High-speed challenges

Mark Reutter writes in the Wilson Quarterly about the challenges–technical and financial–of building high-speed rail systems in the USA.

He starts by highlighting just how far behind we are, noting that the original Japanese Shinkansen trains are now in museums, while their successors have continued to run at faster speeds and have gained in popularity. And the technology continues to be implemented all over the world:

Today, trains doing 125 m.p.h. or more zip across 13 European countries as well as Russia, South Korea, Taiwan, and Turkey. In the Middle East, Saudi Arabia recently let contracts for a European-style supertrain between the western port of Jeddah and the religious centers of Mecca and Medina, while Israel has a new Tel Aviv-to-Jerusalem line in the works and Iran is upgrading its main lines out of Tehran to standards exceeding 120 m.p.h.

Meanwhile, Amtrak’s Acela averages 67 MPH between Boston and New York City. It does reach 150 MPH on one short segment and 125 MPH on a few other segments. Nothing else in the USA comes close to these top speeds.

Compare this with the 217 m.p.h. maximum and 146 m.p.h. average of Spain’s 386-mile line between Madrid and Barcelona, and the gap between U.S. and European railroads becomes apparent.

Reutter notes, “Without a doubt, fast trains attract more passengers,” and that they recover “a high percentage of their costs when carefully planned.”

The needed investment can be put in perspective by reference to the Interstates.

In 1955, as plans for the 40,000-mile Interstate Highway System were taking shape at the Eisenhower White House, Fortune magazine pointed out that “the administration has a highway plan with but one major flaw—it costs money.” A huge amount of money, in fact. First estimated at $27 billion, the price of the interstate system soon ballooned to $40 billion (about $280 billion in today’s dollars).

Measured against the needed investment, the eight billion dollars in seed money that was inserted into the stimulus bill in February at President Obama’s insistence, is a pittance, as is the nine billion dollars in bonds authorized by California voters last November. It is a start, but we have a long way to go to catch up to the modern world of mobility.

Update: Stephen, at Cold Spring Shops, adds his thoughts. Recommended.

One thought on “High-speed challenges

  1. Rail has higher up front costs but greater operating efficiencies than other forms of transportation. In the US right now, we are all about lower up front costs, even if it brings higher costs in the future. This is not a good environment for rail or any infrastructure improvement. Nor is it a good mentality to have when dealing with environmental issues.

    New track also has a problem that if its built in a densely populated area, then you have to deal with rights of way, plus the standard overruns and delays when building anything in an urban area (look for example at just about every infrastructure improvement or even repaid project in New York for the last thirty years). And rail makes the most economic sense in densely populated areas.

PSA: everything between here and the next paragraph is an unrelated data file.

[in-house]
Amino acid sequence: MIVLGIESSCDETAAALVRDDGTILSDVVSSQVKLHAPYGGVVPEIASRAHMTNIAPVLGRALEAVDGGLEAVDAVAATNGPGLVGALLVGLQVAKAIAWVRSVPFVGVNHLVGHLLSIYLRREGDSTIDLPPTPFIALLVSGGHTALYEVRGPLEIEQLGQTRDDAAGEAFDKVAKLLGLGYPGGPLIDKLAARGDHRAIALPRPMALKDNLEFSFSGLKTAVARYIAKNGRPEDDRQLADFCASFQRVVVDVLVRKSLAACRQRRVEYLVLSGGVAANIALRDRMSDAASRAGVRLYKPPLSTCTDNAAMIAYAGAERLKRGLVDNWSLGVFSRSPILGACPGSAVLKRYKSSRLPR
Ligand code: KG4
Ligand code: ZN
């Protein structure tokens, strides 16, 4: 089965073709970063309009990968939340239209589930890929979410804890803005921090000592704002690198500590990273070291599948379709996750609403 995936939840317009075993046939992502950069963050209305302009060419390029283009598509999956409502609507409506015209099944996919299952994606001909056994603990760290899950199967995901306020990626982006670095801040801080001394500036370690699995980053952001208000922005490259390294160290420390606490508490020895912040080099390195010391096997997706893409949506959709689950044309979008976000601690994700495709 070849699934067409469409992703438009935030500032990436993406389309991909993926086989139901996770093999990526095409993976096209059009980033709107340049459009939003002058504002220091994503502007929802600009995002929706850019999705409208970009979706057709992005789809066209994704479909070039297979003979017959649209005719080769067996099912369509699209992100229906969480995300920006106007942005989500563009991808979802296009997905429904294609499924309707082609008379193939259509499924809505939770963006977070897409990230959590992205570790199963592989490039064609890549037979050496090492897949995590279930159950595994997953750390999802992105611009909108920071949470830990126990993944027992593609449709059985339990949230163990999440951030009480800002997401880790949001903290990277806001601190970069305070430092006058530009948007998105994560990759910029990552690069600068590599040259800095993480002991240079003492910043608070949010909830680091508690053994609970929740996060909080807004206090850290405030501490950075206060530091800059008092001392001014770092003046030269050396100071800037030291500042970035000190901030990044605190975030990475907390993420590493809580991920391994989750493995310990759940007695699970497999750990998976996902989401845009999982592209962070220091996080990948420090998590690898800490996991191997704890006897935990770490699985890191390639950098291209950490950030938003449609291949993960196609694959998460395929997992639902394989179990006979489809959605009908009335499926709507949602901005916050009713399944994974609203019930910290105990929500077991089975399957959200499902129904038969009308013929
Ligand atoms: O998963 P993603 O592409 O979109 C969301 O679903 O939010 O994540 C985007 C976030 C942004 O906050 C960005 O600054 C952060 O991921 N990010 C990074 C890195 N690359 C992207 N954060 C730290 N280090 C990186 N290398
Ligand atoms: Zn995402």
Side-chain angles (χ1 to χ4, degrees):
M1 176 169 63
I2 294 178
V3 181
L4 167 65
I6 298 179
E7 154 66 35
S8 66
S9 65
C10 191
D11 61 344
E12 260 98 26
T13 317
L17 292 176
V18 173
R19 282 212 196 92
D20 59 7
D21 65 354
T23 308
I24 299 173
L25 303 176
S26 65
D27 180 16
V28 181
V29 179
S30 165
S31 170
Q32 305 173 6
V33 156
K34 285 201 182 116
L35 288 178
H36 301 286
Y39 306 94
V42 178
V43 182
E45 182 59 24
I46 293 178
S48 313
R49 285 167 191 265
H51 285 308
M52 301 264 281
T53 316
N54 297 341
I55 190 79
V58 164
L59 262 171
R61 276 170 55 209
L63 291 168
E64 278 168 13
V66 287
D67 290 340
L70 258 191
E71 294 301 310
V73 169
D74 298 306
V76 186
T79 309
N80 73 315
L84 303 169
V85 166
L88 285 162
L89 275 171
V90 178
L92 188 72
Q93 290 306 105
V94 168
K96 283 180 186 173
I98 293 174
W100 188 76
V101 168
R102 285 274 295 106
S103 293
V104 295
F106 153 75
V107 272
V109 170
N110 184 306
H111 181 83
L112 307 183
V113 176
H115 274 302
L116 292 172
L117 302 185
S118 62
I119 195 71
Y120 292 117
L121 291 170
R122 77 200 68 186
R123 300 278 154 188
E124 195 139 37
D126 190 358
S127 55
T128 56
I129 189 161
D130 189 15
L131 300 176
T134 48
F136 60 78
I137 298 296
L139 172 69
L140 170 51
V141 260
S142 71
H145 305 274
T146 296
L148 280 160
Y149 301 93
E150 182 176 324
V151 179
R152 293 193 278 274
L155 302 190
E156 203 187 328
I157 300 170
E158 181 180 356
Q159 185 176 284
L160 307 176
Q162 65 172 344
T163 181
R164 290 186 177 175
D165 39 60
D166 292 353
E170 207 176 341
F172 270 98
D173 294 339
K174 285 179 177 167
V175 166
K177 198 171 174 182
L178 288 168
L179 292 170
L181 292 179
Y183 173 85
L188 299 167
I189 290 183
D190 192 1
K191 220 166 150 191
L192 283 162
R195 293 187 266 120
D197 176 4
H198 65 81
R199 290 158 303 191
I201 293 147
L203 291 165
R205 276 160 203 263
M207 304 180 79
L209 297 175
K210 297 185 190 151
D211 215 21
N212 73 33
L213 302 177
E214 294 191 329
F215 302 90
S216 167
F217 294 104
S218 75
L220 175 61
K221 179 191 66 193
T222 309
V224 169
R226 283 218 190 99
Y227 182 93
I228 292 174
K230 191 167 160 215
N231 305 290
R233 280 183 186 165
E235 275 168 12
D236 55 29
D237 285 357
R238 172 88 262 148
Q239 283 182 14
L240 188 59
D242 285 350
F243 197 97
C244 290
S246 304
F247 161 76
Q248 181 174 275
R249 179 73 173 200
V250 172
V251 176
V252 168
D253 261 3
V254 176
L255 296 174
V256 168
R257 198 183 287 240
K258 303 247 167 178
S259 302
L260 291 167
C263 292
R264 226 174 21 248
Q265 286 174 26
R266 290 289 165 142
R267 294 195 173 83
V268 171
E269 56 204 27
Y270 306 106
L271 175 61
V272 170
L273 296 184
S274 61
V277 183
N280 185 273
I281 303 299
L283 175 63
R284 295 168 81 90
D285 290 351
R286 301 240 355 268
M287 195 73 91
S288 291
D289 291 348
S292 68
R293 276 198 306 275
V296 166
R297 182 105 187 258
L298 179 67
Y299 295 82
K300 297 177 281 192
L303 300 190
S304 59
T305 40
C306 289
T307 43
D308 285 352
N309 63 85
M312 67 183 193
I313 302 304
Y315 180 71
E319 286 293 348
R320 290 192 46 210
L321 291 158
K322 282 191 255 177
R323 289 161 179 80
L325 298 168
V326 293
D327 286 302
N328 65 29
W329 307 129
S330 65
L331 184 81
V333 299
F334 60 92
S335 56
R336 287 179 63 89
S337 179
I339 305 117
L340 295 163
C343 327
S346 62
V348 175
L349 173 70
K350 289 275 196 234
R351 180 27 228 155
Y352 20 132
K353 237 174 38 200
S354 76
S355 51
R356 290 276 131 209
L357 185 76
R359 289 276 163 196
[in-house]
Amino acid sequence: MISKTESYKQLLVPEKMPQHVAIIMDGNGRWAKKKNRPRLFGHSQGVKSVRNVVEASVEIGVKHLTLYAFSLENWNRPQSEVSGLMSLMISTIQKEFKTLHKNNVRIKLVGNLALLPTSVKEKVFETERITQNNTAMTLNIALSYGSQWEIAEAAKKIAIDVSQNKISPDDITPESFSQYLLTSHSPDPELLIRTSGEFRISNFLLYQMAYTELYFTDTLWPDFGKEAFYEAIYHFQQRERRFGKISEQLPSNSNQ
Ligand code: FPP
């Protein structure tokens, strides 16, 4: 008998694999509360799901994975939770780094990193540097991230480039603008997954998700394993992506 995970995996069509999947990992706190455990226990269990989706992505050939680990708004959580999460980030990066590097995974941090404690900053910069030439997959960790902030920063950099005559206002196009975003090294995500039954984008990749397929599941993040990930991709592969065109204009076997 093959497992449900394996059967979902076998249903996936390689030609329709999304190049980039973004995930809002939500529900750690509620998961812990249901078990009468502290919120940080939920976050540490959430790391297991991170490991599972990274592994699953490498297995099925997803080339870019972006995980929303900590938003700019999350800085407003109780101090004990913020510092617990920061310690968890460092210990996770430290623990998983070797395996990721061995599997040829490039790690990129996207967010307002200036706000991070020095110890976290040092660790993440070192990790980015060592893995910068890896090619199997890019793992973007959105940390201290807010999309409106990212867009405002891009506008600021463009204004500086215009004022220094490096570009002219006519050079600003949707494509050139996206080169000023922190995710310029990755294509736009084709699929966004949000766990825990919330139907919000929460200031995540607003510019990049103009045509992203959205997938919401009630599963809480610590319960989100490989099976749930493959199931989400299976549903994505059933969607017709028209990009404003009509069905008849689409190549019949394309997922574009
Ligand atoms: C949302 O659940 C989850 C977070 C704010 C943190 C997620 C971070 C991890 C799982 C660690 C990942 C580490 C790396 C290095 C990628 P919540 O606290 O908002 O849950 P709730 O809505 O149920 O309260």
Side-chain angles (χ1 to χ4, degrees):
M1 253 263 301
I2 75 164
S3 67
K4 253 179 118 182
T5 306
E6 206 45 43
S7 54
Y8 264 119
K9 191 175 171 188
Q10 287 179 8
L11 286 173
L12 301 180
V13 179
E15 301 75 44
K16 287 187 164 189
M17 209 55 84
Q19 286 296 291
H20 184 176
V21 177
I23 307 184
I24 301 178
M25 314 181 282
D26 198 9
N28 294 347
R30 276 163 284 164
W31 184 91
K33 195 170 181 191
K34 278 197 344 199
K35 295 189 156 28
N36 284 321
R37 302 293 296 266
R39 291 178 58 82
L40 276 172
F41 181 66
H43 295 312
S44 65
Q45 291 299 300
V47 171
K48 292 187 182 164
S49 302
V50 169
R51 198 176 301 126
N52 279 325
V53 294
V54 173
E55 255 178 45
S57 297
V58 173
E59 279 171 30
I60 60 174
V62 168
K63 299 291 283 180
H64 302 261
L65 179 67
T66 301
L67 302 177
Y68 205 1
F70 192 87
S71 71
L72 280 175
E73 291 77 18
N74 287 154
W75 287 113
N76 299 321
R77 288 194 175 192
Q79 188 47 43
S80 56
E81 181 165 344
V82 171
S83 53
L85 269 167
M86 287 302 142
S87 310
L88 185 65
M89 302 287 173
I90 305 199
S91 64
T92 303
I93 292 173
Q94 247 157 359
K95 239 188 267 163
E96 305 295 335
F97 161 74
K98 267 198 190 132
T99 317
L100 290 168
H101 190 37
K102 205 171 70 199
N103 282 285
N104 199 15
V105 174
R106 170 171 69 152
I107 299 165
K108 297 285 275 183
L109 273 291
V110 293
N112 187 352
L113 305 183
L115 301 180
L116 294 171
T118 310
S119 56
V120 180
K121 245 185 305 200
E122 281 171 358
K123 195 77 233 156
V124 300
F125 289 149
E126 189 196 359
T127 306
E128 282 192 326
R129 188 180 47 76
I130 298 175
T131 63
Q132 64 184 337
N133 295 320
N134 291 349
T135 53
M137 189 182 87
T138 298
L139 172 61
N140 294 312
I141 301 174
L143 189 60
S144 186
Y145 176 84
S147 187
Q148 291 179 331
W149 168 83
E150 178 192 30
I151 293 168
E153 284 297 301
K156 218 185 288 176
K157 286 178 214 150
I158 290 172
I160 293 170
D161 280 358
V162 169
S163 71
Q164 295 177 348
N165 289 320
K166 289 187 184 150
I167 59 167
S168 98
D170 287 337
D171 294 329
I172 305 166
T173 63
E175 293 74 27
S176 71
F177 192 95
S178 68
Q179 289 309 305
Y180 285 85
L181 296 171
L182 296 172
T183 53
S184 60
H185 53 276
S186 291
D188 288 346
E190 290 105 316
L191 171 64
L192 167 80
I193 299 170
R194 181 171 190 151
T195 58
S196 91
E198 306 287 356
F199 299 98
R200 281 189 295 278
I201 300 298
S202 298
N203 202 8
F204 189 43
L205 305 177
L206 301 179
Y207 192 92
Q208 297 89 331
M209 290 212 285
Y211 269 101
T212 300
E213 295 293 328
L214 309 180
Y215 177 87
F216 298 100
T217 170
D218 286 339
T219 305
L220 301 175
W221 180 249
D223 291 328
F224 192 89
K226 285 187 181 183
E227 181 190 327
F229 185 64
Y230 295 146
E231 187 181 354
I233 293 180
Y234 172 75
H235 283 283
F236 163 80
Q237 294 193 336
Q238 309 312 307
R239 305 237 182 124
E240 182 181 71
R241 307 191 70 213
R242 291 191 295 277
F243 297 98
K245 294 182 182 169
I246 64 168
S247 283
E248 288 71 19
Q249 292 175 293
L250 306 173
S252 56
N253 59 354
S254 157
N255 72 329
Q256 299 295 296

The Acela demonstrates that in the US, to get real high speed rail at some point you will have to put in new track.

    I support high speed rail, but given these problems, I think a strategy of augmenting and improving existing commuter rail systems and mass transit systems makes more sense. This could be coupled with introducing commuter rail to cities you don’t have it. Something like two thirds of the US population lives in metropolitan areas, so this approach could be quite effective in giving people an alternative to driving.

    Intercity passenger rail competes with the airlines, and intracity passenger rail (commuter and mass transit) competes with the private automobile. Both planes and private automobiles create problems in terms of fuel consumption or the environment. However, intracity rail will likely be politically easier and affect more people.

    Also, its too bad about the span attacks. I’ve not seen a website close due to them, but I’ve seen websites come close. The comments might have to be disabled for awhile before the problem can be cleared up.


Leave a Reply

Fill in your details below or click an icon to log in:

WordPress.com Logo

You are commenting using your WordPress.com account. Log Out /  Change )

Twitter picture

You are commenting using your Twitter account. Log Out /  Change )

Facebook photo

You are commenting using your Facebook account. Log Out /  Change )

Connecting to %s

This site uses Akismet to reduce spam. Learn how your comment data is processed.